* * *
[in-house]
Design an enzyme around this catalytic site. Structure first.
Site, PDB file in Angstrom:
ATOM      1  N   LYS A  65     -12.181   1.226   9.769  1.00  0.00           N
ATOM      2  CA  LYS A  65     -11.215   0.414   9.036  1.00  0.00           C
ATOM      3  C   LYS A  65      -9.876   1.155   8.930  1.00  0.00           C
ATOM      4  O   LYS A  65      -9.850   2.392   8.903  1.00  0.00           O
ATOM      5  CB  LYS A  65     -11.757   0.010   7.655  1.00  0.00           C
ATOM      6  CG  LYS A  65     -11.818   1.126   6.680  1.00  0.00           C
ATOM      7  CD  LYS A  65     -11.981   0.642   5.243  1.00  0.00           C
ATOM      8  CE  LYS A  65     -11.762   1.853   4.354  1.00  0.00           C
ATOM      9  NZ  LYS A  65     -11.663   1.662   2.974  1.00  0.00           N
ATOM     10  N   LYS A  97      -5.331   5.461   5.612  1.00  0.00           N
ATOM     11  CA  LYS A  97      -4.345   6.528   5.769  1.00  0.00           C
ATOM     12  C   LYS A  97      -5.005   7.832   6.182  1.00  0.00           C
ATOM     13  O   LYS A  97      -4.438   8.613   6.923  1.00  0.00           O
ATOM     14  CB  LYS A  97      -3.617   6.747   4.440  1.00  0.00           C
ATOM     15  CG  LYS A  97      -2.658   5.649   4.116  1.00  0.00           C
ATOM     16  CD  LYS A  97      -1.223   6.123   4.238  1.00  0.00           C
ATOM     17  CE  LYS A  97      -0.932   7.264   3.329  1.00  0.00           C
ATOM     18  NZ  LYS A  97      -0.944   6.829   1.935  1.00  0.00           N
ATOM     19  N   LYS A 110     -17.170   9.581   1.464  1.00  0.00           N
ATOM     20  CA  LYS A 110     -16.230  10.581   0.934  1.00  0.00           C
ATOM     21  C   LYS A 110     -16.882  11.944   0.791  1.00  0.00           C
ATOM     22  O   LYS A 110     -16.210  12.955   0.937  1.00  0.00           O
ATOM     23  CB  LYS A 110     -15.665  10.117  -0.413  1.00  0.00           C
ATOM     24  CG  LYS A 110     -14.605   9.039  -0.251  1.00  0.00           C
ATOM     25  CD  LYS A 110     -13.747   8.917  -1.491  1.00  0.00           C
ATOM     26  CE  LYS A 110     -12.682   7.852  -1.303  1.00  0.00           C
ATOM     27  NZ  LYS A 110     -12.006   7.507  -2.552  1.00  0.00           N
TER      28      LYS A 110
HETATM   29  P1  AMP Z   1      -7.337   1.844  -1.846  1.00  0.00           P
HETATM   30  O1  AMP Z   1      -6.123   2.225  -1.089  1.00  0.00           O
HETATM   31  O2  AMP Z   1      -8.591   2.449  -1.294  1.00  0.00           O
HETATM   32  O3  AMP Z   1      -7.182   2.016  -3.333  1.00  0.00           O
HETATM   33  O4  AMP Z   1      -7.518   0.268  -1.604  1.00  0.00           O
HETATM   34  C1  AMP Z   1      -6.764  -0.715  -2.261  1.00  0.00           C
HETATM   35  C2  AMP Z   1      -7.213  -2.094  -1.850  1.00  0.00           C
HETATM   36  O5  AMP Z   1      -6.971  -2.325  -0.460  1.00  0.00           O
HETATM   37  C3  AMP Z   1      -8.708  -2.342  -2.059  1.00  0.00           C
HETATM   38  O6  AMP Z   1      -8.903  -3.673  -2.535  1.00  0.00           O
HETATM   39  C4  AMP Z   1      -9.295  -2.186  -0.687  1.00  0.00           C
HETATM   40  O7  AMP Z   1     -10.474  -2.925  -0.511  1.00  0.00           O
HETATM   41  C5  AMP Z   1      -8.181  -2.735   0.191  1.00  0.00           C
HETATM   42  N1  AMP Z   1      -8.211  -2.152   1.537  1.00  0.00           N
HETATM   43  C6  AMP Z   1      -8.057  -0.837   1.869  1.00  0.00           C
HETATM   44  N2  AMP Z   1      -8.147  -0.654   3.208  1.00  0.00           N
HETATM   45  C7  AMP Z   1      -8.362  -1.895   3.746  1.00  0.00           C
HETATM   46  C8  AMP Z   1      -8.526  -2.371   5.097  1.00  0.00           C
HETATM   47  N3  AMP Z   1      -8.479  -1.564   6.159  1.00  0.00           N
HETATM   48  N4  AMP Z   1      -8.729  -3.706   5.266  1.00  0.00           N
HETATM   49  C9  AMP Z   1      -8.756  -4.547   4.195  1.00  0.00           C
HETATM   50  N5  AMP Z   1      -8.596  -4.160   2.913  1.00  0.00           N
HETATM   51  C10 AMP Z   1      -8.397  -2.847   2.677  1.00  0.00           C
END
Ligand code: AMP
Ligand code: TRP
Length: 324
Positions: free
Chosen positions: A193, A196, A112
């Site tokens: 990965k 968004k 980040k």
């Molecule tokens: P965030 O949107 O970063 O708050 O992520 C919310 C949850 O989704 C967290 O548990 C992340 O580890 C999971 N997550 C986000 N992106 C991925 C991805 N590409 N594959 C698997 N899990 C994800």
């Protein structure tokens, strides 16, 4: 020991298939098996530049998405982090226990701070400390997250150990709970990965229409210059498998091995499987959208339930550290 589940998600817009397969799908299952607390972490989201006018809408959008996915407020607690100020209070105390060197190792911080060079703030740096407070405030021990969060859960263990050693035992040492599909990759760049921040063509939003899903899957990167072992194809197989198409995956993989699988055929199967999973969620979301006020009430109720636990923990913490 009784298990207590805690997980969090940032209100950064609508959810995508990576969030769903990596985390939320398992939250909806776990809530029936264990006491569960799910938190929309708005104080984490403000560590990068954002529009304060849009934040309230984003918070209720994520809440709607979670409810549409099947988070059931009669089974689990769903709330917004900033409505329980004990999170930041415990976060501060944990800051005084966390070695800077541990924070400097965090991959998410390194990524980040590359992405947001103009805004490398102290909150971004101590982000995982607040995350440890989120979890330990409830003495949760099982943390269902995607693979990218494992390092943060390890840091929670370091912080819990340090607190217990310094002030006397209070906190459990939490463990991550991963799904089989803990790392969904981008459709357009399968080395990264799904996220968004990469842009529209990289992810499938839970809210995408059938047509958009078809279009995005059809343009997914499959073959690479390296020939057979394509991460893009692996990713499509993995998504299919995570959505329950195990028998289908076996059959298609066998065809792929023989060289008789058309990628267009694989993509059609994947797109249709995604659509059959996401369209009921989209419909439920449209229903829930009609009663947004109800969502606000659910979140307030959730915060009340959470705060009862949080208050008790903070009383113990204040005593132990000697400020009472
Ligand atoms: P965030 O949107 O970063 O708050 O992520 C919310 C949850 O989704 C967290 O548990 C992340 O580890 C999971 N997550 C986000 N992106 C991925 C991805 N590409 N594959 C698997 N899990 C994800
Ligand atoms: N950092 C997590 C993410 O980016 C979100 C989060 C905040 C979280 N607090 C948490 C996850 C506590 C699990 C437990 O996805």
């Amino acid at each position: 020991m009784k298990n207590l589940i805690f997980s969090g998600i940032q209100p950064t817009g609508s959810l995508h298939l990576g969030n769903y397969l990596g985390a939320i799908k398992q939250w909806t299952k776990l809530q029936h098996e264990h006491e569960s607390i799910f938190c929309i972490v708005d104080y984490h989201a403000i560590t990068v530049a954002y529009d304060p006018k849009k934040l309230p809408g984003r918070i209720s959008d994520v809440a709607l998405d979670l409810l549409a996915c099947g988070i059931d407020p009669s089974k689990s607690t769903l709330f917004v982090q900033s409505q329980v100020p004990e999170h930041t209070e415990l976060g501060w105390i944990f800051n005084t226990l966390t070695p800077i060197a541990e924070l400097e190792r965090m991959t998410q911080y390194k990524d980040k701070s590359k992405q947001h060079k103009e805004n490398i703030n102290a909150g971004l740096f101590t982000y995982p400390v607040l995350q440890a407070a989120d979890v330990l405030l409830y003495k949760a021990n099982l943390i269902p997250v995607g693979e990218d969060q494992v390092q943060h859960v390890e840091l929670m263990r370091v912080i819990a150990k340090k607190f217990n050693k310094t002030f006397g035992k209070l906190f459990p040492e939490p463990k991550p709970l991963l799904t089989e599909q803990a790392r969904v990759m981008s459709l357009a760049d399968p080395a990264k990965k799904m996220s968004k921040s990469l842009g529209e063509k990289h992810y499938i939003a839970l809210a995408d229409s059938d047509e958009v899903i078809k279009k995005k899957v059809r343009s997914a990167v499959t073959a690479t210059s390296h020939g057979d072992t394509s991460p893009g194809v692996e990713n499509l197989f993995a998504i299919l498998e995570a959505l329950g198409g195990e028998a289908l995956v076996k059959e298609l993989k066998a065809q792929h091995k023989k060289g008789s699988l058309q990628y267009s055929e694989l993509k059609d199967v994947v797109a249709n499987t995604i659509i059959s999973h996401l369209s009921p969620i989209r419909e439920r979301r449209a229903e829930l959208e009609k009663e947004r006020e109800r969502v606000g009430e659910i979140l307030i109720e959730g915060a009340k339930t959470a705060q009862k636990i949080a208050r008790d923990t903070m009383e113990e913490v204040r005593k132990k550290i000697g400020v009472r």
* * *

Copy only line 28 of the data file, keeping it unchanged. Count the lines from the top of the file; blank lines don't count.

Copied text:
ATOM     25  CD  LYS A 110     -13.747   8.917  -1.491  1.00  0.00           C